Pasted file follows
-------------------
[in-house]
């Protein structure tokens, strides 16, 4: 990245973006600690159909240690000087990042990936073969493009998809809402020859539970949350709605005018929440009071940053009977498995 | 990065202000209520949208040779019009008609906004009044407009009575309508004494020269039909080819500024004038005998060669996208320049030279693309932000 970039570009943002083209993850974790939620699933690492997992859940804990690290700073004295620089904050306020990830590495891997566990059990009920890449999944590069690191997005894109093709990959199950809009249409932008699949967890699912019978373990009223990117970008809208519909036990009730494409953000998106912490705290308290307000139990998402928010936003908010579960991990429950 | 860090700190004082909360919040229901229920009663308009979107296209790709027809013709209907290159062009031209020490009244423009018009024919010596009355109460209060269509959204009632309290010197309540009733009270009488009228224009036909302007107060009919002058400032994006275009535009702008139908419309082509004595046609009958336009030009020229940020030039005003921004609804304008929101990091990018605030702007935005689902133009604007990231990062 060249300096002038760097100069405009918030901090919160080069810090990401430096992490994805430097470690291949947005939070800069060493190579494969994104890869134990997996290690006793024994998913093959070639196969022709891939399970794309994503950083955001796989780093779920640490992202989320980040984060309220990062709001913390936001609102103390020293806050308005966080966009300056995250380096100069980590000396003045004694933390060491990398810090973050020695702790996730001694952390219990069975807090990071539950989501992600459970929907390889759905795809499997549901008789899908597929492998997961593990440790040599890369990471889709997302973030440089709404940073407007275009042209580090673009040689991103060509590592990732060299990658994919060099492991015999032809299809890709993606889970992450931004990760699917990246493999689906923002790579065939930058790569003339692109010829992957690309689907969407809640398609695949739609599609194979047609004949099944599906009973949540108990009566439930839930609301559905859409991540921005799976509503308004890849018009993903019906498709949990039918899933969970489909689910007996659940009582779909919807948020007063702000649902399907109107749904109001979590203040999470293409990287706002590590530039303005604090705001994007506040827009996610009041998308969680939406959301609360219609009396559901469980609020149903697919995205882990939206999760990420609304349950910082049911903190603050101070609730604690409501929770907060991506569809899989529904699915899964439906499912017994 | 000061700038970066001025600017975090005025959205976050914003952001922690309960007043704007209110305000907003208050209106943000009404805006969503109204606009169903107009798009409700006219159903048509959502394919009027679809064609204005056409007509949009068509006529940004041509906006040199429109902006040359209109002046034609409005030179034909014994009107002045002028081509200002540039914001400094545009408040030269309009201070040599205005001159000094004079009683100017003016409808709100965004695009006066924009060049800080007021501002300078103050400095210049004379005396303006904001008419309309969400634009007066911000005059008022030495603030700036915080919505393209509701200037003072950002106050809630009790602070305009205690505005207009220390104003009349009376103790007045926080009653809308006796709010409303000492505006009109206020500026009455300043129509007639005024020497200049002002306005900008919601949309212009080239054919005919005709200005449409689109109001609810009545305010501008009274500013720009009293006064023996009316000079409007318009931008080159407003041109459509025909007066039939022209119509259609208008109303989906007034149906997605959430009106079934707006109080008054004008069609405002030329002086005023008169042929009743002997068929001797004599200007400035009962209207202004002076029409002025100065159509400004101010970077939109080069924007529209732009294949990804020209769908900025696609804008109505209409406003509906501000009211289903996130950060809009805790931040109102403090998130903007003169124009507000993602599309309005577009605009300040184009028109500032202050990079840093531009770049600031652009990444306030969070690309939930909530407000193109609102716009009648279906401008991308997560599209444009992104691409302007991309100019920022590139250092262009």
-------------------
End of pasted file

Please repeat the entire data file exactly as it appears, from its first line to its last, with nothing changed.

[in-house]
């Protein structure tokens, strides 16, 4: 990245973006600690159909240690000087990042990936073969493009998809809402020859539970949350709605005018929440009071940053009977498995 | 990065202000209520949208040779019009008609906004009044407009009575309508004494020269039909080819500024004038005998060669996208320049030279693309932000 970039570009943002083209993850974790939620699933690492997992859940804990690290700073004295620089904050306020990830590495891997566990059990009920890449999944590069690191997005894109093709990959199950809009249409932008699949967890699912019978373990009223990117970008809208519909036990009730494409953000998106912490705290308290307000139990998402928010936003908010579960991990429950 | 860090700190004082909360919040229901229920009663308009979107296209790709027809013709209907290159062009031209020490009244423009018009024919010596009355109460209060269509959204009632309290010197309540009733009270009488009228224009036909302007107060009919002058400032994006275009535009702008139908419309082509004595046609009958336009030009020229940020030039005003921004609804304008929101990091990018605030702007935005689902133009604007990231990062 060249300096002038760097100069405009918030901090919160080069810090990401430096992490994805430097470690291949947005939070800069060493190579494969994104890869134990997996290690006793024994998913093959070639196969022709891939399970794309994503950083955001796989780093779920640490992202989320980040984060309220990062709001913390936001609102103390020293806050308005966080966009300056995250380096100069980590000396003045004694933390060491990398810090973050020695702790996730001694952390219990069975807090990071539950989501992600459970929907390889759905795809499997549901008789899908597929492998997961593990440790040599890369990471889709997302973030440089709404940073407007275009042209580090673009040689991103060509590592990732060299990658994919060099492991015999032809299809890709993606889970992450931004990760699917990246493999689906923002790579065939930058790569003339692109010829992957690309689907969407809640398609695949739609599609194979047609004949099944599906009973949540108990009566439930839930609301559905859409991540921005799976509503308004890849018009993903019906498709949990039918899933969970489909689910007996659940009582779909919807948020007063702000649902399907109107749904109001979590203040999470293409990287706002590590530039303005604090705001994007506040827009996610009041998308969680939406959301609360219609009396559901469980609020149903697919995205882990939206999760990420609304349950910082049911903190603050101070609730604690409501929770907060991506569809899989529904699915899964439906499912017994 | 000061700038970066001025600017975090005025959205976050914003952001922690309960007043704007209110305000907003208050209106943000009404805006969503109204606009169903107009798009409700006219159903048509959502394919009027679809064609204005056409007509949009068509006529940004041509906006040199429109902006040359209109002046034609409005030179034909014994009107002045002028081509200002540039914001400094545009408040030269309009201070040599205005001159000094004079009683100017003016409808709100965004695009006066924009060049800080007021501002300078103050400095210049004379005396303006904001008419309309969400634009007066911000005059008022030495603030700036915080919505393209509701200037003072950002106050809630009790602070305009205690505005207009220390104003009349009376103790007045926080009653809308006796709010409303000492505006009109206020500026009455300043129509007639005024020497200049002002306005900008919601949309212009080239054919005919005709200005449409689109109001609810009545305010501008009274500013720009009293006064023996009316000079409007318009931008080159407003041109459509025909007066039939022209119509259609208008109303989906007034149906997605959430009106079934707006109080008054004008069609405002030329002086005023008169042929009743002997068929001797004599200007400035009962209207202004002076029409002025100065159509400004101010970077939109080069924007529209732009294949990804020209769908900025696609804008109505209409406003509906501000009211289903996130950060809009805790931040109102403090998130903007003169124009507000993602599309309005577009605009300040184009028109500032202050990079840093531009770049600031652009990444306030969070690309939930909530407000193109609102716009009648279906401008991308997560599209444009992104691409302007991309100019920022590139250092262009």